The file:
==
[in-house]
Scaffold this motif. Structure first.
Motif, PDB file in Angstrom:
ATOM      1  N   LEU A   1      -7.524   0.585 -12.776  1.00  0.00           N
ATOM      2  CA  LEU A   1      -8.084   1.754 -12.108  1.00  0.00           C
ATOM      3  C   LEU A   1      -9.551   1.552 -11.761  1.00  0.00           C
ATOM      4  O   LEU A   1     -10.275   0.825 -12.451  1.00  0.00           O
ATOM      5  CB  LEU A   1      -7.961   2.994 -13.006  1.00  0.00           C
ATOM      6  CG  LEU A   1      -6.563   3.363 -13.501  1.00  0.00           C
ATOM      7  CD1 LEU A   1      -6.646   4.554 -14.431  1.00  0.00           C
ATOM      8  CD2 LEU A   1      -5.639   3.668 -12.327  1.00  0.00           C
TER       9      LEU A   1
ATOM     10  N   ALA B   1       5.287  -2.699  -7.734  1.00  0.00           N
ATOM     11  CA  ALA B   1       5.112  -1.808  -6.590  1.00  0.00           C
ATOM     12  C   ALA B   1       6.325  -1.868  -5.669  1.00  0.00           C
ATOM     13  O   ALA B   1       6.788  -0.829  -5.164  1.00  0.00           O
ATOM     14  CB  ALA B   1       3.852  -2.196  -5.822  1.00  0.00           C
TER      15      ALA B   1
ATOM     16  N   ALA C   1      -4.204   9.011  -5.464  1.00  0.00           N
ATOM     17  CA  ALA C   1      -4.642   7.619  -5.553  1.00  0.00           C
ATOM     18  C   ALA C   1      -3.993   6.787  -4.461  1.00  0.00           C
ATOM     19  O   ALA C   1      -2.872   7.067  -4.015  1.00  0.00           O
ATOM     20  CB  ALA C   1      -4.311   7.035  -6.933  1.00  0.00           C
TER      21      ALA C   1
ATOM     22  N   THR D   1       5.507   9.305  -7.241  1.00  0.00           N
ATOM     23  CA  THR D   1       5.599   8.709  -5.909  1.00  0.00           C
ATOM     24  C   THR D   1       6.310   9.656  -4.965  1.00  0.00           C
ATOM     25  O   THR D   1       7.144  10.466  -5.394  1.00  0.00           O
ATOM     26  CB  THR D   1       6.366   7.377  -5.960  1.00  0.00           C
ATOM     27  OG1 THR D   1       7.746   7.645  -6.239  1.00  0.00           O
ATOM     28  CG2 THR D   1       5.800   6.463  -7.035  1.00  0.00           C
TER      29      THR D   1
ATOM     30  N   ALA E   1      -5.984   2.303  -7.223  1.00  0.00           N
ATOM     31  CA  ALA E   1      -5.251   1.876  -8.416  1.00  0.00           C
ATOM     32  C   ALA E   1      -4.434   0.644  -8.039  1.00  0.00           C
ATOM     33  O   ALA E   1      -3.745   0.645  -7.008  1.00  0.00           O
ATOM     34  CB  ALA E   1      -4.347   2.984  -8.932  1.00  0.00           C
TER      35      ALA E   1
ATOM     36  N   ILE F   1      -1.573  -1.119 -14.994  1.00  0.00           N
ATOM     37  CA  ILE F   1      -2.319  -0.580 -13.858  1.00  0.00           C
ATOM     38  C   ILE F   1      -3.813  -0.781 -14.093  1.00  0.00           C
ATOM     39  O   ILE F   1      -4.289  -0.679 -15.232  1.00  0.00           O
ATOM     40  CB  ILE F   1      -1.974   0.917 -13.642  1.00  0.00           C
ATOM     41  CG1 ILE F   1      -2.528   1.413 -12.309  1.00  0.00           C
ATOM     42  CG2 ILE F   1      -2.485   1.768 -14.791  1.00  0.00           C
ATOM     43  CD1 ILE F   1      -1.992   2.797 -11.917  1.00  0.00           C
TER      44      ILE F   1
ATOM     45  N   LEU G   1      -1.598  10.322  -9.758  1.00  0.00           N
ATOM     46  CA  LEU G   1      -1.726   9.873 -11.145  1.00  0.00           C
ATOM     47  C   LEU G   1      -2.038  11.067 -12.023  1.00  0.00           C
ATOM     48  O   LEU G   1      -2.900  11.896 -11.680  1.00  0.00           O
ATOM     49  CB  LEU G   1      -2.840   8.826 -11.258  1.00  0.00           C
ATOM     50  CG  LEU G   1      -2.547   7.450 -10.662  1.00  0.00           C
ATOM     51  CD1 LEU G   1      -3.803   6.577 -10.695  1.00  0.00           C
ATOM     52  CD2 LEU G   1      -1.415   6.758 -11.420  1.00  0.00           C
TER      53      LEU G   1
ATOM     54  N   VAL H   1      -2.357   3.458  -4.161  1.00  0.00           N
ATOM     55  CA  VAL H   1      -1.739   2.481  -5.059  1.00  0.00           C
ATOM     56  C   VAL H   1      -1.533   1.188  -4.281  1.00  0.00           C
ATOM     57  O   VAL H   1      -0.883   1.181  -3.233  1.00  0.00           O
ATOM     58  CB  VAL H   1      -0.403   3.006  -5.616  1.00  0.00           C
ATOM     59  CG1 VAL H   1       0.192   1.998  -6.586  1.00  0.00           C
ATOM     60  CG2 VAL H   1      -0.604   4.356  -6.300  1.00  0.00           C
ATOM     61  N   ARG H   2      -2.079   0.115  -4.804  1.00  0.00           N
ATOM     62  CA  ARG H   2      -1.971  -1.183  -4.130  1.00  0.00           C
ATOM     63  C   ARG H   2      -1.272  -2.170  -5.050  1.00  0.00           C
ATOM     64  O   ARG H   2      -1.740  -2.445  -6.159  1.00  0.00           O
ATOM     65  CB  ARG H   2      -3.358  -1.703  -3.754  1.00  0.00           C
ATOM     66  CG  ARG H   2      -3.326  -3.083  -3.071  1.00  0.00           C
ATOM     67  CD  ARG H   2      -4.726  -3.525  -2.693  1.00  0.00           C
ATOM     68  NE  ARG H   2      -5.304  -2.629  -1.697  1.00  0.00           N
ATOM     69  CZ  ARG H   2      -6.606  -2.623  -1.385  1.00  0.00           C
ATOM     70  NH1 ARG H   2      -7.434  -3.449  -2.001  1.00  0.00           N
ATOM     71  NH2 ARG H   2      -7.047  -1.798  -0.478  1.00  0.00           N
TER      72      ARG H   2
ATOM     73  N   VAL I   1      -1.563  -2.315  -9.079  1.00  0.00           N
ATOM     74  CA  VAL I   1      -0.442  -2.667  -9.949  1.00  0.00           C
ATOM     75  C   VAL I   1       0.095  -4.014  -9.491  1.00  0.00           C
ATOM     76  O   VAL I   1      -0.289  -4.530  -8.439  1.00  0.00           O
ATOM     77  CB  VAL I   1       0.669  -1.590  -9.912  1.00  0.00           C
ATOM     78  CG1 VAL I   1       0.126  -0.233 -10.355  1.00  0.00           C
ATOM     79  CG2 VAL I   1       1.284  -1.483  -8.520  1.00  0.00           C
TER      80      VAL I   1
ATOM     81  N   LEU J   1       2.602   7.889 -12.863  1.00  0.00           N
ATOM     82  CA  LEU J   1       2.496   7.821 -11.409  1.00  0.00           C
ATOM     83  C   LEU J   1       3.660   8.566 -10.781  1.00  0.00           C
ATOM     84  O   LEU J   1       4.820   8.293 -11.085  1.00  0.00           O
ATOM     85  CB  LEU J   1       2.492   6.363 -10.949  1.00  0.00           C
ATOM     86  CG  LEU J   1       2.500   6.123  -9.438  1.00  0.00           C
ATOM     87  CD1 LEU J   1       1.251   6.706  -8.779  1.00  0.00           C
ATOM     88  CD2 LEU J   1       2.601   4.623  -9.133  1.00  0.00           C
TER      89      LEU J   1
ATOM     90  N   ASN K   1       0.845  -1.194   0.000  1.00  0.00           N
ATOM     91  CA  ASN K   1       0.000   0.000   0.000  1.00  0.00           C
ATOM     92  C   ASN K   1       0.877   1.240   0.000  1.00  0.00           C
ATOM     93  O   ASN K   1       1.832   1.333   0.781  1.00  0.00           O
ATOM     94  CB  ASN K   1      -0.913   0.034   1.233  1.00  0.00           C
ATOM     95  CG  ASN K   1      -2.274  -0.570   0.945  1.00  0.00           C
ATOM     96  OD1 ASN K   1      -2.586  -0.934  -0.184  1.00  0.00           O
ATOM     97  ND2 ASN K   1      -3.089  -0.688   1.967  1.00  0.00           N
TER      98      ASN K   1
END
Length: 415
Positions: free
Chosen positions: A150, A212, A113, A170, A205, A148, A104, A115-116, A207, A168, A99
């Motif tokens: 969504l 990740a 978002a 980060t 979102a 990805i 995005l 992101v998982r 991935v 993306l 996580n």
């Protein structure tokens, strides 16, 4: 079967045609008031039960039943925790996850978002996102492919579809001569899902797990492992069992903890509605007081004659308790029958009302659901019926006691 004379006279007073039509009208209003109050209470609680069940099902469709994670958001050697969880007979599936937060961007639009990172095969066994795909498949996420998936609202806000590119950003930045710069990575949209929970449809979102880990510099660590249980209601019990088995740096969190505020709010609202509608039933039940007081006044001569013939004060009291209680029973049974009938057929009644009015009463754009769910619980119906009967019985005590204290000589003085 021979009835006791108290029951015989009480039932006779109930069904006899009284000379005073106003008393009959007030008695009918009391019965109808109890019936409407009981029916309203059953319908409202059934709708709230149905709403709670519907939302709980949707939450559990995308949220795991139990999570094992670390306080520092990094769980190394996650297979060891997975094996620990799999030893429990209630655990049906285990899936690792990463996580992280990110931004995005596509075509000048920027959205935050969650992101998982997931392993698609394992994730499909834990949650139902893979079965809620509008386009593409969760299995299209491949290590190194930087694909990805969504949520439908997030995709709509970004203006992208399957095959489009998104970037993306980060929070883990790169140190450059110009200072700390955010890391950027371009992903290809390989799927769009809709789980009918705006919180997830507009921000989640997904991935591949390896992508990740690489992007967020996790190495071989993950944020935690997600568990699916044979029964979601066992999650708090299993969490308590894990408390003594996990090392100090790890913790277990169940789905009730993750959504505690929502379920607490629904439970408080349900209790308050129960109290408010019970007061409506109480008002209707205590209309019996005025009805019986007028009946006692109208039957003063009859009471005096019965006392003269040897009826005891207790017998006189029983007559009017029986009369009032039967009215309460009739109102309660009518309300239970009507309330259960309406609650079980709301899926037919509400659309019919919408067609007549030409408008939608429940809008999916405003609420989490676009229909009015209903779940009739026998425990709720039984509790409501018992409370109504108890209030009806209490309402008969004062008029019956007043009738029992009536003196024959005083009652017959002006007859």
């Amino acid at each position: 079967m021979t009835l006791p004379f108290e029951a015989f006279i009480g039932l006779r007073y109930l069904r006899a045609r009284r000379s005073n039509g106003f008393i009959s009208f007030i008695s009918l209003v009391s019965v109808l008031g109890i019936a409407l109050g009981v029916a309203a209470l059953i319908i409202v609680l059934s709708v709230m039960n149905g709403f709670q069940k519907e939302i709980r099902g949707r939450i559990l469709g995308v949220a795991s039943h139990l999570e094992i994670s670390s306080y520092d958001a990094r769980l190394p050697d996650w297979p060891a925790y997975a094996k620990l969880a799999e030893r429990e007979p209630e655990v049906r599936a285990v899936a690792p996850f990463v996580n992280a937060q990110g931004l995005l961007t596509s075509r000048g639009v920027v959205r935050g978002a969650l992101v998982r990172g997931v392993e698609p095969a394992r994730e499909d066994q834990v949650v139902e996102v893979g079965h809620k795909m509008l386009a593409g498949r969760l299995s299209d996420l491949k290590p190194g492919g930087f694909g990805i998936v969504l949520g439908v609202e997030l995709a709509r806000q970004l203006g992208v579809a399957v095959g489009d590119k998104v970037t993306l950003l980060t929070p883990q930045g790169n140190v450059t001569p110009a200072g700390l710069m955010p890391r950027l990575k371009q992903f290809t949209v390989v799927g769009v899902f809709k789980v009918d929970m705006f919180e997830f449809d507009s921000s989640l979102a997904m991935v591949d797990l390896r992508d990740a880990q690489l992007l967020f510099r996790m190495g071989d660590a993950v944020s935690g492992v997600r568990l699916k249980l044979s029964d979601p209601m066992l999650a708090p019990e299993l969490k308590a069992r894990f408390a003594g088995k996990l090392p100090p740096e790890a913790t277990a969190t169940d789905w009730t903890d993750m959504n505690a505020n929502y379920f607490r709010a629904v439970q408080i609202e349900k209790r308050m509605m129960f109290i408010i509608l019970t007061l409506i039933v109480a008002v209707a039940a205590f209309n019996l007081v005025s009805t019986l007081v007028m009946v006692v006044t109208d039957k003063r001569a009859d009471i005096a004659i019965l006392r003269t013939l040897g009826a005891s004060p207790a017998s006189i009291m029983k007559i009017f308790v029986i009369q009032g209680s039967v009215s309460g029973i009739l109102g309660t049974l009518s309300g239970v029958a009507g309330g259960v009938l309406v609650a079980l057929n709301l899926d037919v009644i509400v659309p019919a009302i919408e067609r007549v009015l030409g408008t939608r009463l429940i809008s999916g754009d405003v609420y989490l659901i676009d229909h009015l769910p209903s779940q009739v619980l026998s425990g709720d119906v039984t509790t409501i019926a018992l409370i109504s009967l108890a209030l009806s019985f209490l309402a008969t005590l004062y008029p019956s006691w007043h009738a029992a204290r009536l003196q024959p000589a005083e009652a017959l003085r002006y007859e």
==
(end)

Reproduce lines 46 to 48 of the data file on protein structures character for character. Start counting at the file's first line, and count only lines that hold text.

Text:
ATOM     43  CD1 ILE F   1      -1.992   2.797 -11.917  1.00  0.00           C
TER      44      ILE F   1
ATOM     45  N   LEU G   1      -1.598  10.322  -9.758  1.00  0.00           N